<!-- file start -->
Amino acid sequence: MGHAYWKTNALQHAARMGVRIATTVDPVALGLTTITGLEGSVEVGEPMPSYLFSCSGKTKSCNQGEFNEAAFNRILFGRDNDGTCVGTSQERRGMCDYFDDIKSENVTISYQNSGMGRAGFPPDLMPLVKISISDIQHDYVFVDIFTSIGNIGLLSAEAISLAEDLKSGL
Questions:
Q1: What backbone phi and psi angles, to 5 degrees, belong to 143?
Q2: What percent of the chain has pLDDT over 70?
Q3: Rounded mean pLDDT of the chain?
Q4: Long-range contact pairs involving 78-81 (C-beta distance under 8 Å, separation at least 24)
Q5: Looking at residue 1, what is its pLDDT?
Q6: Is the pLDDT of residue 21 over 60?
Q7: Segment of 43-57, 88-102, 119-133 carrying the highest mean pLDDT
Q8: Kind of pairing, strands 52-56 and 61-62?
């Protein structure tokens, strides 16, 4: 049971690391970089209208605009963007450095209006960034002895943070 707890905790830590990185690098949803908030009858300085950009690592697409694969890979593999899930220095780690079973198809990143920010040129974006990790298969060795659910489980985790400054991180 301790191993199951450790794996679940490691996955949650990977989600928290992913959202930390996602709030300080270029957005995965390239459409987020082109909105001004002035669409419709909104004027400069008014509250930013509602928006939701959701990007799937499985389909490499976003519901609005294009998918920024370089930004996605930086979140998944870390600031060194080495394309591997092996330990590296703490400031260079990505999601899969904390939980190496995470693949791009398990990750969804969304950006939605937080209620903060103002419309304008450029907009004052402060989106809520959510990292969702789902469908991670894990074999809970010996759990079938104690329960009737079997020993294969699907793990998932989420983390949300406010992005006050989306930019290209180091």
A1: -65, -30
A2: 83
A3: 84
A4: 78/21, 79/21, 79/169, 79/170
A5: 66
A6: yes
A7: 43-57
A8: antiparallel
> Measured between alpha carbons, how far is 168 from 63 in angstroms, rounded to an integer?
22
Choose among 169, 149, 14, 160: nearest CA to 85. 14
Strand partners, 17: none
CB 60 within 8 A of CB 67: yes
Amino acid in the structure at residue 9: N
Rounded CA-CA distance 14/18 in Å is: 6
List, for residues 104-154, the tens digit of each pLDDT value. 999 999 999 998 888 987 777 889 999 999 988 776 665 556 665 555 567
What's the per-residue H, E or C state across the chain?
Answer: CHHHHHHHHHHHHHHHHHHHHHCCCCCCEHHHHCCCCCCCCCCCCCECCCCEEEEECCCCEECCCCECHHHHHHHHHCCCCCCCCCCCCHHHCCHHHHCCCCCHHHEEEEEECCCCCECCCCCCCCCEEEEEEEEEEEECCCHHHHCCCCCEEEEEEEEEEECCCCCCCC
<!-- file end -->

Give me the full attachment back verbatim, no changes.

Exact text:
Amino acid sequence: MGHAYWKTNALQHAARMGVRIATTVDPVALGLTTITGLEGSVEVGEPMPSYLFSCSGKTKSCNQGEFNEAAFNRILFGRDNDGTCVGTSQERRGMCDYFDDIKSENVTISYQNSGMGRAGFPPDLMPLVKISISDIQHDYVFVDIFTSIGNIGLLSAEAISLAEDLKSGL
Questions:
Q1: What backbone phi and psi angles, to 5 degrees, belong to 143?
Q2: What percent of the chain has pLDDT over 70?
Q3: Rounded mean pLDDT of the chain?
Q4: Long-range contact pairs involving 78-81 (C-beta distance under 8 Å, separation at least 24)
Q5: Looking at residue 1, what is its pLDDT?
Q6: Is the pLDDT of residue 21 over 60?
Q7: Segment of 43-57, 88-102, 119-133 carrying the highest mean pLDDT
Q8: Kind of pairing, strands 52-56 and 61-62?
């Protein structure tokens, strides 16, 4: 049971690391970089209208605009963007450095209006960034002895943070 707890905790830590990185690098949803908030009858300085950009690592697409694969890979593999899930220095780690079973198809990143920010040129974006990790298969060795659910489980985790400054991180 301790191993199951450790794996679940490691996955949650990977989600928290992913959202930390996602709030300080270029957005995965390239459409987020082109909105001004002035669409419709909104004027400069008014509250930013509602928006939701959701990007799937499985389909490499976003519901609005294009998918920024370089930004996605930086979140998944870390600031060194080495394309591997092996330990590296703490400031260079990505999601899969904390939980190496995470693949791009398990990750969804969304950006939605937080209620903060103002419309304008450029907009004052402060989106809520959510990292969702789902469908991670894990074999809970010996759990079938104690329960009737079997020993294969699907793990998932989420983390949300406010992005006050989306930019290209180091």
A1: -65, -30
A2: 83
A3: 84
A4: 78/21, 79/21, 79/169, 79/170
A5: 66
A6: yes
A7: 43-57
A8: antiparallel
> Measured between alpha carbons, how far is 168 from 63 in angstroms, rounded to an integer?
22
Choose among 169, 149, 14, 160: nearest CA to 85. 14
Strand partners, 17: none
CB 60 within 8 A of CB 67: yes
Amino acid in the structure at residue 9: N
Rounded CA-CA distance 14/18 in Å is: 6
List, for residues 104-154, the tens digit of each pLDDT value. 999 999 999 998 888 987 777 889 999 999 988 776 665 556 665 555 567
What's the per-residue H, E or C state across the chain?
Answer: CHHHHHHHHHHHHHHHHHHHHHCCCCCCEHHHHCCCCCCCCCCCCCECCCCEEEEECCCCEECCCCECHHHHHHHHHCCCCCCCCCCCCHHHCCHHHHCCCCCHHHEEEEEECCCCCECCCCCCCCCEEEEEEEEEEEECCCHHHHCCCCCEEEEEEEEEEECCCCCCCC